These are all symptoms of anxiety. But when you go to a teacher or a parent for help, they tell you you’re just nervous, and that it’s normal to be nervous. So even though the anxiety is still there, you try to ignore it. When it builds up, you try to tamp it down rather than address or cope with it.

None of this is your fault. In our society, anxiety is often either ignored or rewarded. Anxiety often leads to things like overworking, people-pleasing, and perfectionism – all traits rewarded by our capitalist, productivity-pushing culture.

This is why it’s so common for people to have things like panic attacks and feel like they’re coming out of nowhere. The signs and symptoms were probably there as things like rapid breathing, sweating, blurred vision, or a climbing heart rate. But it’s easy to overlook those symptoms because you assume they’re normal feelings and there’s nothing you can do about them.

How Do I Know if I Have Anxiety or if My Experiences Are “Just Normal?”

Anxiety varies from person to person, but common symptoms include:


  • A pounding heart
  • Sweating
  • Fast or shallow breathing
  • Shakiness
  • Tensed muscles
  • Mysterious aches and pains
  • Digestive issues
  • Restlessness


  • Insomnia
  • Perfectionism
  • People-pleasing
  • Persistent, excessive worry about everyday situations
  • Irritability and anger

If you recognize yourself in any of these symptoms, you very likely have some form of anxiety. In order to heal your anxiety, it’s helpful to become familiar with it first. The first step is to pay attention to what comes up for you when those symptoms arise. Do you stop sleeping? Do you become restless and agitated? Do you burst into tears or yell at your partner? Let yourself feel all your symptoms without trying to shove them down or ignore them.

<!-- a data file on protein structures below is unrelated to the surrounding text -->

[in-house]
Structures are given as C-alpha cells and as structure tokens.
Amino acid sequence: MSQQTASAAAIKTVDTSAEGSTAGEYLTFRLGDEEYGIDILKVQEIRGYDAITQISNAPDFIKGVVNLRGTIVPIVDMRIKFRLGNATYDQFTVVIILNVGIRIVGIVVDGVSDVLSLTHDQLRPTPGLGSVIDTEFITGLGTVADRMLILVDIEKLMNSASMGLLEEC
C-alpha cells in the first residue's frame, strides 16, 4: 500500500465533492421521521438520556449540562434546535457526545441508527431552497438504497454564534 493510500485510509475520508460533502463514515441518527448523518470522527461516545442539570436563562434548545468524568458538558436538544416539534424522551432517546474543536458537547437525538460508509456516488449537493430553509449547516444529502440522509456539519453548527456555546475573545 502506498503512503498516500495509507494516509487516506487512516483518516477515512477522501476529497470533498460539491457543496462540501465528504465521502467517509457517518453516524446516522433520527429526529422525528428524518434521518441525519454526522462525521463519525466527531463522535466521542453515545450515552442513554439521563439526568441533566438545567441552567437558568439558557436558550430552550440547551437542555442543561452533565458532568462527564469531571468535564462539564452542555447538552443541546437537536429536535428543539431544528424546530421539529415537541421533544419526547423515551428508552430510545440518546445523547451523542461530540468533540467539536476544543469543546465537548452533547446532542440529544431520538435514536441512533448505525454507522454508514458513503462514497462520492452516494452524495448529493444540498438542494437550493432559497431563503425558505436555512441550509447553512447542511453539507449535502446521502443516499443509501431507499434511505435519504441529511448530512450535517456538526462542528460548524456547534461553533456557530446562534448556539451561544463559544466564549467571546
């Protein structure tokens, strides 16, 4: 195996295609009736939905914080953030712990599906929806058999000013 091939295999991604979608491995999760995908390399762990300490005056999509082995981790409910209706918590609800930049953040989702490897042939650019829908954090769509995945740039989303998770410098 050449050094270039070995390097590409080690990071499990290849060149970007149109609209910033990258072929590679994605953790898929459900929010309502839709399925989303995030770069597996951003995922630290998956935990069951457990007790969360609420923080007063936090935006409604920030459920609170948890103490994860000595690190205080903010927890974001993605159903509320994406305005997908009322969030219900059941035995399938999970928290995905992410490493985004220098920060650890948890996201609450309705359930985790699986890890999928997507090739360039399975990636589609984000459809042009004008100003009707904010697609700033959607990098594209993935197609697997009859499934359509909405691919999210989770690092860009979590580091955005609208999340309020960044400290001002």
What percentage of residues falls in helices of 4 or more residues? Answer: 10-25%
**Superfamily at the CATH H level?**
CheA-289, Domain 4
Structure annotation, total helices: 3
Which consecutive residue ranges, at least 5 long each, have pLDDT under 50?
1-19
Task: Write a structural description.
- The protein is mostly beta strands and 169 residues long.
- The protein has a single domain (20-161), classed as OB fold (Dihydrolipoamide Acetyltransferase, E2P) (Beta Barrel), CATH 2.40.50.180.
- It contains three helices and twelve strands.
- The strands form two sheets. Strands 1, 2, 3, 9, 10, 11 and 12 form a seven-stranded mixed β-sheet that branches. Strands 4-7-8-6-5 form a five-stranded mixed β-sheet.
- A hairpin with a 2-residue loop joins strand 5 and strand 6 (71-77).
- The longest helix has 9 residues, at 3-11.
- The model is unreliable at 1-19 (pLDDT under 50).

Therapy Can Help If You’ve Been Taught That Normalizing Anxiety is Your Only Option

Your anxiety doesn’t have to be a life sentence. If you feel like normalizing anxiety has led you to struggle, consider therapy. I can help you work through your challenges and come up with goal-setting strategies to work on recognizing anxiety in yourself, come up with anxiety management skills, and learn to regulate your emotions around anxiety.

During our work together, you’ll learn how to deal with difficult situations with self-compassion and awareness. We’ll come up with coping skills to deal with anxiety and help you step confidently into the world feeling powerful and capable.

I’m ready if you are. Reach out today to schedule a complimentary consultation.

Meet the author

Danielle Wayne

Danielle is an anxiety therapist. She specializes in helping busy millennials dial down their anxiety and ADHD, so they can perform at their best. Danielle has been featured on Apartment Therapy, SparkPeople, Lifewire, and Now Art World. When Danielle isn't helping her clients, she's playing video games or spending time with her partner and step children.